‘Mid-Market Executives Focus on Moving Forward During Uncertain Economic Recovery’

May 14, 2012 /

In the wake of a slower, less predictable economic recovery, mid-market executives are adapting to managing uncertainty, according to Deloitte’s “Mid-Market Perspectives: 2012 Report on America’s Economic Engine.” The annual survey of 528 U.S. executives indicates that 86 percent of respondents believe that continued uncertainty is tempering their expectations for economic growth.

“Because of the significantly slower growth than we’ve seen in previous recoveries, mid-market executives are increasingly cautious about their expectations for 2012,” said Tom McGee, national managing partner, Deloitte Growth Enterprise Services, Deloitte LLP. “Mid-market companies are now trying to meet the challenges of this volatile economy by taking a more adaptable approach to managing certain key business fundamentals.”

Moving Forward During Uncertain Times

To prepare for continuing, uneven market conditions, mid-market executives are taking careful actions in three key areas in 2012; talent, finance and technology.

Talent

In last year’s survey, respondents were overly optimistic about hiring plans. This year, executives are investing in their people and moderating plans to hire new employees:

  • The percentage of executives planning to expand their domestic workforce dropped to 42 percent from 48 percent in 2011.
  • Despite high unemployment, every executive interviewed acknowledged that it is difficult to find certain categories of skilled talent especially in engineering, healthcare, and IT.

More companies (51 percent) plan to invest in their existing workforce through training compared to last year (34 percent). Additionally, fewer firms plan to increase the number of part-time workers (only 13 percent compared with 18 percent in 2011).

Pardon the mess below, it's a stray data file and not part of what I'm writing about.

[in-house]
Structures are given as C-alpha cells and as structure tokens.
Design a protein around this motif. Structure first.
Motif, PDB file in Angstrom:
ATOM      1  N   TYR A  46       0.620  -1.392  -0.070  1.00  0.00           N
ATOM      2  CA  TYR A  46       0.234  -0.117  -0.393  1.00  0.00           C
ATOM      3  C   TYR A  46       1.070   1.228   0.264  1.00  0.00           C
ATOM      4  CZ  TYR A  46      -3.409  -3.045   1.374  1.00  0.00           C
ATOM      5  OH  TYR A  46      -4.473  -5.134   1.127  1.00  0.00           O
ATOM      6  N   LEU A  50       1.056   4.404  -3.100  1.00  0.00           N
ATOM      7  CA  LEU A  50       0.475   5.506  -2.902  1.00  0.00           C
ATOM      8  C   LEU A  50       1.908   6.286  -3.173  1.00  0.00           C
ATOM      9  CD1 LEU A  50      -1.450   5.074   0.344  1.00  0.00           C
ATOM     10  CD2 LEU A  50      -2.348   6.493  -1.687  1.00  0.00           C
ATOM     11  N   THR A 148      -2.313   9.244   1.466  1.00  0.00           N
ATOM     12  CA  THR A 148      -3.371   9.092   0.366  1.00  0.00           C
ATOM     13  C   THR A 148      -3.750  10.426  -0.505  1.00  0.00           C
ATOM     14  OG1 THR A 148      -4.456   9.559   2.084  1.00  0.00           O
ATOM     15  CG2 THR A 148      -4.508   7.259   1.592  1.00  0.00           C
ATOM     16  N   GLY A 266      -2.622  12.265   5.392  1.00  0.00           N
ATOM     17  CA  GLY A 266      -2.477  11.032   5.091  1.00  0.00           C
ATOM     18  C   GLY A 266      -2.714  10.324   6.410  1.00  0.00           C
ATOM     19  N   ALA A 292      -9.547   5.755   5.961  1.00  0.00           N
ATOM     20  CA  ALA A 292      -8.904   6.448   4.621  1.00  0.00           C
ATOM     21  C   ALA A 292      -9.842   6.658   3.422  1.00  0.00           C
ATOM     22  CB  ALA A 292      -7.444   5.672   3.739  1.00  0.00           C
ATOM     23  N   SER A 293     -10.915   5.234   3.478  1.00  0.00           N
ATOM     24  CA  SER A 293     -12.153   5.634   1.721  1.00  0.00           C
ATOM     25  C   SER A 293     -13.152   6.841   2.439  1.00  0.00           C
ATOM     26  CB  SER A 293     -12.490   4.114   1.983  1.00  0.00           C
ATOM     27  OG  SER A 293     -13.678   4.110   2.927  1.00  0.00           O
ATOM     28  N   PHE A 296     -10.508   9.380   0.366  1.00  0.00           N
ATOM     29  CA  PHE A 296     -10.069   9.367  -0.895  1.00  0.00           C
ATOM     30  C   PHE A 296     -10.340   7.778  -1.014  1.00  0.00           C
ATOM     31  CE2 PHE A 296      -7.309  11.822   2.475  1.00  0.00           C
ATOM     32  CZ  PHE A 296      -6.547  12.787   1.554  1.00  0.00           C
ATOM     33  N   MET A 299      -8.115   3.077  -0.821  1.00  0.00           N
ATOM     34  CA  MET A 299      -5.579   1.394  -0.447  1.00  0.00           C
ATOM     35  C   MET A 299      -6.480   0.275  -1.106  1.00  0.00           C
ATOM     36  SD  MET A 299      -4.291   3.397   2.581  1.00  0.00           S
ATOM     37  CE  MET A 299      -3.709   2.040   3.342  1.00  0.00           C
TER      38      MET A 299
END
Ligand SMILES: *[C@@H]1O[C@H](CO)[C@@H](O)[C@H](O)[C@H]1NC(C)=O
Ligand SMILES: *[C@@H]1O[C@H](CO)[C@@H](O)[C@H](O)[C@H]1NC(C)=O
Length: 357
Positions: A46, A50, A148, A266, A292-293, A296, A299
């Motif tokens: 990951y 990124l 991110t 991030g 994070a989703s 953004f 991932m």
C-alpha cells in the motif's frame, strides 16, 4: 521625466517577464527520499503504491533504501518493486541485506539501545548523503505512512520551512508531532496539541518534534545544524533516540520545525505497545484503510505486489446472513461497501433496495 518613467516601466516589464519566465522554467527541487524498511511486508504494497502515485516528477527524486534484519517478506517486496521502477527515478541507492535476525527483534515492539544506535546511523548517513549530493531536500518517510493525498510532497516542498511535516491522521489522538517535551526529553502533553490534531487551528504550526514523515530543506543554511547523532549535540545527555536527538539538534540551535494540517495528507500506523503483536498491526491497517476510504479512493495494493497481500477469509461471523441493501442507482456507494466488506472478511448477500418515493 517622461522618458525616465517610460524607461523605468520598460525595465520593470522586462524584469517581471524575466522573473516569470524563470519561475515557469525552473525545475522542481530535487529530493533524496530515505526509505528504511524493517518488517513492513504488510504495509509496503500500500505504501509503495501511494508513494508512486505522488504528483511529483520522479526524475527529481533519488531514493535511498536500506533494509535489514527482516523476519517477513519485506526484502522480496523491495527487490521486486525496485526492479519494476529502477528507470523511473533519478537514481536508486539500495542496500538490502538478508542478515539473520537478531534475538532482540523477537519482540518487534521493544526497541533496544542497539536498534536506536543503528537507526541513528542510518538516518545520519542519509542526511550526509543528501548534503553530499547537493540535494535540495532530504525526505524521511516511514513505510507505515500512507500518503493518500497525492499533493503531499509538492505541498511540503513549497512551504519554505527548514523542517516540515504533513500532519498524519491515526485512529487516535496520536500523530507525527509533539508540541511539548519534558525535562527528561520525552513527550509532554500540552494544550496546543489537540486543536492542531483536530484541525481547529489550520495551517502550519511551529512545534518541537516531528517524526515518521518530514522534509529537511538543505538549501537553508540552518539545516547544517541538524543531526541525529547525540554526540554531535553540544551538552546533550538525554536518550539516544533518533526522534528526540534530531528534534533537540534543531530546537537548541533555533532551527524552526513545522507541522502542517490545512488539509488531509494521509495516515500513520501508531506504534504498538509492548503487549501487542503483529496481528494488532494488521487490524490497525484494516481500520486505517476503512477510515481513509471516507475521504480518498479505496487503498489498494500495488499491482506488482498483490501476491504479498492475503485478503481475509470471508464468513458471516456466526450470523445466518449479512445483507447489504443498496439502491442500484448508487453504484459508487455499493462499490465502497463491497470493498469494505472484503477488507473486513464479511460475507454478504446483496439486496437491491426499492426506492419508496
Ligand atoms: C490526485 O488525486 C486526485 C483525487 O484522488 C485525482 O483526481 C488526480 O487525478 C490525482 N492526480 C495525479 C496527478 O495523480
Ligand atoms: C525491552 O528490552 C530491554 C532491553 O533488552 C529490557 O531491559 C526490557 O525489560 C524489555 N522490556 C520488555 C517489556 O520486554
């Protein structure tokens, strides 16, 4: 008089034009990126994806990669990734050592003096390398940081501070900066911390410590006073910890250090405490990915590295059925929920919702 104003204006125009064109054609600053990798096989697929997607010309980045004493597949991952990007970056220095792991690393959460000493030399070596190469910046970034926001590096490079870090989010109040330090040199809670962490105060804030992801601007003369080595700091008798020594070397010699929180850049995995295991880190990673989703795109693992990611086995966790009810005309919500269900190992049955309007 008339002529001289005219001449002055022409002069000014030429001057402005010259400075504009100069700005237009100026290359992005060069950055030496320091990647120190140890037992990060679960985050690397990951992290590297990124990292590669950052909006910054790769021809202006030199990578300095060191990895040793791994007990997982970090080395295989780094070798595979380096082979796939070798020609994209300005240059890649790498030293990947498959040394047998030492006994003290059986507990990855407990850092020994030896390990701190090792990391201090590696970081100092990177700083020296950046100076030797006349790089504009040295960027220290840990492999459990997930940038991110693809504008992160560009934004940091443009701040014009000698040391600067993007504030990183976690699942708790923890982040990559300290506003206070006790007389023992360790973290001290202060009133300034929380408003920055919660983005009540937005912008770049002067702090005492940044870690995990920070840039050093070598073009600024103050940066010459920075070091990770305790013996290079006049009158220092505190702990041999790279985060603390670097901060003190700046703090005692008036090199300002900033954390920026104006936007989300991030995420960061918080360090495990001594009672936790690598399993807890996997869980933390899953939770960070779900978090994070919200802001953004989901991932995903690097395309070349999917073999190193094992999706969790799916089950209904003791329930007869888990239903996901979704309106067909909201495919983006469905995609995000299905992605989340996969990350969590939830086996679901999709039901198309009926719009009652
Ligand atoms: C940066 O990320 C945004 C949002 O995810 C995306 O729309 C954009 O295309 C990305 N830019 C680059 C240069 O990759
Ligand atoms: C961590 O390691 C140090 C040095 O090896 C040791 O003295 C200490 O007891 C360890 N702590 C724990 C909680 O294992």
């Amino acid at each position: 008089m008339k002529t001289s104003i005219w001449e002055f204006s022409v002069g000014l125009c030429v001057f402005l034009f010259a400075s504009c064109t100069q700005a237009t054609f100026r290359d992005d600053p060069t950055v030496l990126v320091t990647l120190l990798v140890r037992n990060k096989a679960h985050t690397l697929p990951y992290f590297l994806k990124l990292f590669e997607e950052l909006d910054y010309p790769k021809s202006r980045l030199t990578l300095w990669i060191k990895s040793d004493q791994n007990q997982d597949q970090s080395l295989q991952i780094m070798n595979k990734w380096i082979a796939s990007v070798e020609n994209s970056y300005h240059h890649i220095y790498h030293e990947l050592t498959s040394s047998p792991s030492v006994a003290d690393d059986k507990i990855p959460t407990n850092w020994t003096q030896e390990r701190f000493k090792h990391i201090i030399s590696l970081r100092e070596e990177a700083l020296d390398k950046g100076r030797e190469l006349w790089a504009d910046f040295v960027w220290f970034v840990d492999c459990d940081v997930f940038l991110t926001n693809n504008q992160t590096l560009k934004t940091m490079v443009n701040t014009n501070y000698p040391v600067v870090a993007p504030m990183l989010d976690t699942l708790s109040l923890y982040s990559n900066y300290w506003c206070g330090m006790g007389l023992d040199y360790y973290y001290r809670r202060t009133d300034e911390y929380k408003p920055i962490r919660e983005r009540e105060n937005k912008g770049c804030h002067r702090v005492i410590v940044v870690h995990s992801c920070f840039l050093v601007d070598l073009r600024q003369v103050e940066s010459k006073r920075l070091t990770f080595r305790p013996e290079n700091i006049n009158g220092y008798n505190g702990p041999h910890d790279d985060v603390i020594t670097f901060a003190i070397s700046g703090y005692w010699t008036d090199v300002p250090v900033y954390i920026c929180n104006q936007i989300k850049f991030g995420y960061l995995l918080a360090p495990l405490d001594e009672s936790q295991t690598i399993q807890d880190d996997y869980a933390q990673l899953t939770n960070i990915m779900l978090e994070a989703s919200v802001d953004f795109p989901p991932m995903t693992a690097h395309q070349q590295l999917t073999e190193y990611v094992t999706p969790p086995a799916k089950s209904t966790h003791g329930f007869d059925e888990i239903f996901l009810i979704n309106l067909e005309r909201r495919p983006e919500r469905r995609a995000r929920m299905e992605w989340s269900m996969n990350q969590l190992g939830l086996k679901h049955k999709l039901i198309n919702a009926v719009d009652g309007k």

Financing

Mid-market companies remain focused on balance sheet health and improving their cash positions while continuing to invest.

  • Thirty-five percent of respondents are predicting higher cash balances.
  • Ninety percent expect capital investment to grow or at least remain stable.
  • Twenty-seven percent are not planning to secure external financing this year, compared to 14 percent last year.

Interestingly, only 7 percent of privately held mid-market companies would consider going public in the next year.

Technology

Last year’s survey showed that mid-market executives understand the importance of technology to their business. This year, respondents re-affirmed that technology continues to be vital to increasing productivity.

  • Business process automation remains the top investment pick to increase productivity for 46 percent (down from 52 percent last year).
  • Forty percent– up from 29 percent last year – recognize cloud computing and Software as a Service (Saas) as one of the top three technology investments for 2012.
A total of 528 executives at U.S. midsize companies were polled about their expectations, experiences and plans for becoming more competitive. Respondents were senior executives at companies with annual revenues between $50 million and $1 billion. The Deloitte survey was conducted by OnResearch, a market research firm.Twenty-three percent of the companies represented are public; the other 77 percent are privately held. Of the private companies, about one-third are family-owned and another third are private-equity backed; one-quarter are closely (non-family) held. The remaining companies represented are venture capital-backed, employee-owned or other ownership structures.

 

Share your opinion